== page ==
Volume 2 - Issue 1

Article Number 1

Studies of coprophilous ascomycetes in Kenya – Ascobolus species from wildlife dung


Mungai PG, Njogu JG, Chukeatirote E, Hyde KD

Received 09 February 2012
Accepted 10 February 2012
Published Online 26 February 2012
Corresponding Author Paul G. Mungai - gmpaul2010@gmail.com
Abstract Species of coprophilous Ascobolus were examined in a study of coprophilous fungi in different habitats and wildlife dung types from National Parks in Kenya. Dung samples were collected in the field and returned to the laboratory where they were incubated in moist chamber culture. Coprophilous Ascobolus were isolated from giraffe, impala, common zebra, African elephant dung, Cape buffalo, dikdik, hippopotamus, black rhinoceros and waterbuck dung. Six species, Ascobolus amoenus, A. bistisii, A. calesco, A. immersus, A. nairobiensis and A. tsavoensis are identified and described. Ascobolus calesco, A. amoenus and A. bistisii were the most common. Two new species, Ascobolus nairobiensis and A. tsavoensis are introduced in this paper. In addition, two others, Ascobolus bistisii and A. calesco are new records in Kenya and are described and illustrated. The diversity of coprophilous Ascobolus from wildlife dung in Kenya as deduced from this study is very high.
Keywords Ascobolus amoenus – A. nairobiensis – A. tsavoensis – elephant – moist chambers – national park – zebra
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Article Number 2

Current status of knowledge of Sri Lankan mycota


Karunarathna SC, Udayanga D, Maharachchikumbura SN, Pilkington M, Manamgoda DS, Wijayawardene DNN, Ariyawansa HA, Bandara AR, Chukeatirote E, McKenzie EHC, Hyde KD

Received 20 March 2012
Accepted 28 March 2012
Published Online 27 April 2012
Corresponding Author Kevin David Hyde - kdhyde3@gmail.com
Abstract The Sri Lankan mycota is inadequately described, although there are a number of studies on its biodiversity. Current estimates suggest that there could be as many as 25,000 species, of which only a little more than 2,000 are presently known, and this estimate does not take into account the large number of exotics introduced with food, plantation, and ornamental plants. In addition, only limited parts of the island have been explored. The available information is widely dispersed, difficult to access, and plagued by synonymy. This paper describes the current status of Sri Lankan Mycology, and makes suggestions for facilitating further research.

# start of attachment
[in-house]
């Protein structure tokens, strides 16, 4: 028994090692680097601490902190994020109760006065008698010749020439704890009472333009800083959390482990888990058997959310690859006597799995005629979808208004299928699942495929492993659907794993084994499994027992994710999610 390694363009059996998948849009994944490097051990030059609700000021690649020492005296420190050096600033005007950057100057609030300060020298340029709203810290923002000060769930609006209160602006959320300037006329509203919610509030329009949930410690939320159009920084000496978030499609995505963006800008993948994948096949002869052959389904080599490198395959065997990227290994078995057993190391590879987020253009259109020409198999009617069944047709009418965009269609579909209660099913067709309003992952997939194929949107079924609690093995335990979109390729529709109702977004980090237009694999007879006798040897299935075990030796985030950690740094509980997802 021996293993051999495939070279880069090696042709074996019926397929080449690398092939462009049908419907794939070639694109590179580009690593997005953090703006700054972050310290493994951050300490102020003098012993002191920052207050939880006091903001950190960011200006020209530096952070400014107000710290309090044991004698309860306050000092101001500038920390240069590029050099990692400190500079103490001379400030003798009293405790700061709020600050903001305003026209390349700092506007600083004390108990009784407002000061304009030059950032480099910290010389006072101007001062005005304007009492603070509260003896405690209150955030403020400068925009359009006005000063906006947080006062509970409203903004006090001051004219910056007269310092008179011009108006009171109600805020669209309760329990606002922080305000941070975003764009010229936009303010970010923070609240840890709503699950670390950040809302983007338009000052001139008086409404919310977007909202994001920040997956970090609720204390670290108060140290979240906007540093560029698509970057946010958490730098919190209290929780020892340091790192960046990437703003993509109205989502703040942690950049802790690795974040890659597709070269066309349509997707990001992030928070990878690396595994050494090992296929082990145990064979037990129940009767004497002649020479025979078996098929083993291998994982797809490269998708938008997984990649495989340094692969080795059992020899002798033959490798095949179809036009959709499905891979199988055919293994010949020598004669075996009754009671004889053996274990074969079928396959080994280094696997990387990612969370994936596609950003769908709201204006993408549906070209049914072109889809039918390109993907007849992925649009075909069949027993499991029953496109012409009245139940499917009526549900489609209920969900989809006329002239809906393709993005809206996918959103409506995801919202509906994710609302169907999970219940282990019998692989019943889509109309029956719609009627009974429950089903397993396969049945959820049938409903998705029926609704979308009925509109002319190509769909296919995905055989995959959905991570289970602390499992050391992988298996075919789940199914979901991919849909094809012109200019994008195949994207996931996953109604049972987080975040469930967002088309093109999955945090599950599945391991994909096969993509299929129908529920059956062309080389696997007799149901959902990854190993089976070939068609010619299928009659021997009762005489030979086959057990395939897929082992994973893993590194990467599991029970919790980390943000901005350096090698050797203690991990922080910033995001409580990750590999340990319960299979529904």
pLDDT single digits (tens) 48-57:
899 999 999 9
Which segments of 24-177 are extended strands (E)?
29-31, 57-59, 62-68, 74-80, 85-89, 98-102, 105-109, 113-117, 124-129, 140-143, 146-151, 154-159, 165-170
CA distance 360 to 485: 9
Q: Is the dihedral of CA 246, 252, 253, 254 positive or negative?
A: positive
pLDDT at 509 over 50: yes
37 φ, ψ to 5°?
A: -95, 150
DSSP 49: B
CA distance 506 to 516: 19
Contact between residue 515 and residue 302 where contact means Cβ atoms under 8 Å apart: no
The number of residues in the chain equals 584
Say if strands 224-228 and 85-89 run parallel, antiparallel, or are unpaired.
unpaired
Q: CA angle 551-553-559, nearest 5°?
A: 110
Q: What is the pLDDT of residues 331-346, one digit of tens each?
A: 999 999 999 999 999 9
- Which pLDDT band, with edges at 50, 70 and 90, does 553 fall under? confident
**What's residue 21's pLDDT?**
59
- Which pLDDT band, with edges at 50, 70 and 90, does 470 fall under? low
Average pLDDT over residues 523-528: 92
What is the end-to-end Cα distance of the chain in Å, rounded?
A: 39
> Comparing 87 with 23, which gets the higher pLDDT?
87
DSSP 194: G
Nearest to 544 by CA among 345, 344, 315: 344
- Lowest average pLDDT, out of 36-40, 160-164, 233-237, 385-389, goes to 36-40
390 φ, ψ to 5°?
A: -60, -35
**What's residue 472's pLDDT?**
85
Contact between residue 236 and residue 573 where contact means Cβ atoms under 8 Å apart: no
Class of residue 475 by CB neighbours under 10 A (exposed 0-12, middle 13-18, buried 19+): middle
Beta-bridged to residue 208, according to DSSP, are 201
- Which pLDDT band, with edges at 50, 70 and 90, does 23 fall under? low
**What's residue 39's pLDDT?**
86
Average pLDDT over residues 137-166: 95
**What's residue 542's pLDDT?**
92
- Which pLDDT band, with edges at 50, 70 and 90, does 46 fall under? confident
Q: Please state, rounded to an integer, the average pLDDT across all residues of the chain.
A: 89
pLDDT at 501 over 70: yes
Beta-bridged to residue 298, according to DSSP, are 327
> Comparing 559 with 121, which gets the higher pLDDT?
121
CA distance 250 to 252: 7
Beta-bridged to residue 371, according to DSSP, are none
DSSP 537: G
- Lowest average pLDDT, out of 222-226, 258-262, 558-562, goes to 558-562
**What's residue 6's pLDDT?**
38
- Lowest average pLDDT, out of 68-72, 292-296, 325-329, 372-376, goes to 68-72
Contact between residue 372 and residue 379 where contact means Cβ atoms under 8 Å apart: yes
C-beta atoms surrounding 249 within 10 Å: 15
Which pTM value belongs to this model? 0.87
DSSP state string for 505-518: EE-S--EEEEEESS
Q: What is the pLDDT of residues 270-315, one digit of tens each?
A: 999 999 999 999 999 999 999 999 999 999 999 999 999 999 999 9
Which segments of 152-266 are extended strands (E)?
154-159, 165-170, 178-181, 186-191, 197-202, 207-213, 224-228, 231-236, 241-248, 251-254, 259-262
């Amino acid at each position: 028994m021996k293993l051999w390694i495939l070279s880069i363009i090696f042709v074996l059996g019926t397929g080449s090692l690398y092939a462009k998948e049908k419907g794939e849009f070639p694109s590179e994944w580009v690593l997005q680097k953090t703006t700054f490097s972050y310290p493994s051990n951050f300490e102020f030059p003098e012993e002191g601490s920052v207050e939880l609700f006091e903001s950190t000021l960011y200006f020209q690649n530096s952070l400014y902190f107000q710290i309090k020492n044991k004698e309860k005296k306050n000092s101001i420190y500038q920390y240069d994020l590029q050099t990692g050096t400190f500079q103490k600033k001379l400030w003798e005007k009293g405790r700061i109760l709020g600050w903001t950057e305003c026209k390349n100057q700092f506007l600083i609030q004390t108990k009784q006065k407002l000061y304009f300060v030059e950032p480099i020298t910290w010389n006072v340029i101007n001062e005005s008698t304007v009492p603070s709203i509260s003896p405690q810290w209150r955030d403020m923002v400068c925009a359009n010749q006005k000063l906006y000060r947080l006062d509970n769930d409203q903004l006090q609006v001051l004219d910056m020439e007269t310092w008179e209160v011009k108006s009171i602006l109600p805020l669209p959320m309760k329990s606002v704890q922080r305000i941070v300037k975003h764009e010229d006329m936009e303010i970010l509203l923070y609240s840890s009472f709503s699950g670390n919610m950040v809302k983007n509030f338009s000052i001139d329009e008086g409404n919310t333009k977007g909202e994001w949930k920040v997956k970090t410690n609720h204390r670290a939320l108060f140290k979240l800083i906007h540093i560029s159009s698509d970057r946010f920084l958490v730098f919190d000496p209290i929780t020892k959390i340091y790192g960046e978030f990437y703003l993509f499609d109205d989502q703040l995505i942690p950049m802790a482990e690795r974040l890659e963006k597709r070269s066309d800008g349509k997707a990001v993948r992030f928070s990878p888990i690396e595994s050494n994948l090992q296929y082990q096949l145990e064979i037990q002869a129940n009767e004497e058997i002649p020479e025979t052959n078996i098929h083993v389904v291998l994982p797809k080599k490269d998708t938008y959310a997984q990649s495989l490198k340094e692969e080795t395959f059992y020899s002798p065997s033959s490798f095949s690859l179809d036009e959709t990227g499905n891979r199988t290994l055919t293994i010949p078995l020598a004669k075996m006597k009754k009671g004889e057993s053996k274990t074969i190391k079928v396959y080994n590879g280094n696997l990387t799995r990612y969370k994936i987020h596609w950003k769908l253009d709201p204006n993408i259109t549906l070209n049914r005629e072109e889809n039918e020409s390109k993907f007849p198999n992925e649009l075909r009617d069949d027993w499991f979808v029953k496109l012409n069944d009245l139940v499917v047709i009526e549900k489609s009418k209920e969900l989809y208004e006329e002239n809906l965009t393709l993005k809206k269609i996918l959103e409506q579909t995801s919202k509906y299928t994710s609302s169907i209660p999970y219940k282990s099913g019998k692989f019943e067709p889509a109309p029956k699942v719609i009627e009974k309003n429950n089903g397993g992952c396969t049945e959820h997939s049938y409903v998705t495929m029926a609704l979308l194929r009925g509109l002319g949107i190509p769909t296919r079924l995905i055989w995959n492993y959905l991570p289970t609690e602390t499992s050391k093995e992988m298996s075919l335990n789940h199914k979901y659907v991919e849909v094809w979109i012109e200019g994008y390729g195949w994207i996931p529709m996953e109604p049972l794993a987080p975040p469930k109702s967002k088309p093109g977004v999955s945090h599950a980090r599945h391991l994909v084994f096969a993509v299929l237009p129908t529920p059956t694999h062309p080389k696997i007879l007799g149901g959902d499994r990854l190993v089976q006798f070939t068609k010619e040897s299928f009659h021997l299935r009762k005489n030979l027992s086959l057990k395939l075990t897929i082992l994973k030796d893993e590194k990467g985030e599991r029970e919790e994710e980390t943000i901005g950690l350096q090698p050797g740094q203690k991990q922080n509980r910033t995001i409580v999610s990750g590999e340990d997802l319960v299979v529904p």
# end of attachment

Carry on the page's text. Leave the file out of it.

Keywords biodiversity – lichens – microfungi – mushrooms – phytopathogens – quarantine
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Article Number 3

Biology of Endophytic Fungi


Selim KA, El-Beih AA, AbdEl-Rahman TM, El-Diwany AI

Received 30 January 2012
Accepted 04 May 2012
Published Online 20 June 2012
Corresponding Author Khaled A. Selim - elkas_sci@yahoo.com
Abstract Endophytic fungi that are residing asymptomatically in internal tissues of all higher plants are of growing interest as promising sources of biologically active agents. This review focuses on the biology of endophytic fungi, their discovery, isolation, identification, and diversity and their biological activities in environmental and agricultural sustainability. It also considersand their medicinal applications especially in the production of anticancer, antimicrobial, antioxidant, and antiviral compounds. Endophytic fungi are one of the most creative groups of secondary metabolite producers that play important biological roles for human life. They are potential sources of novel natural agents for exploitation in the pharmaceutical industry, agriculture, and in environmental applications.
Keywords Biological Roles – Ecology – Endophytic Fungi – Identification – Isolation –Secondary Metabolites
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About CREAM Journal

Current Research in Environmental & Applied Mycology publishes reviews, research articles, methodology papers, taxonomic works such as monographs, and checklists which are relevant to fungal biology, including lichens. The official journal language is English.

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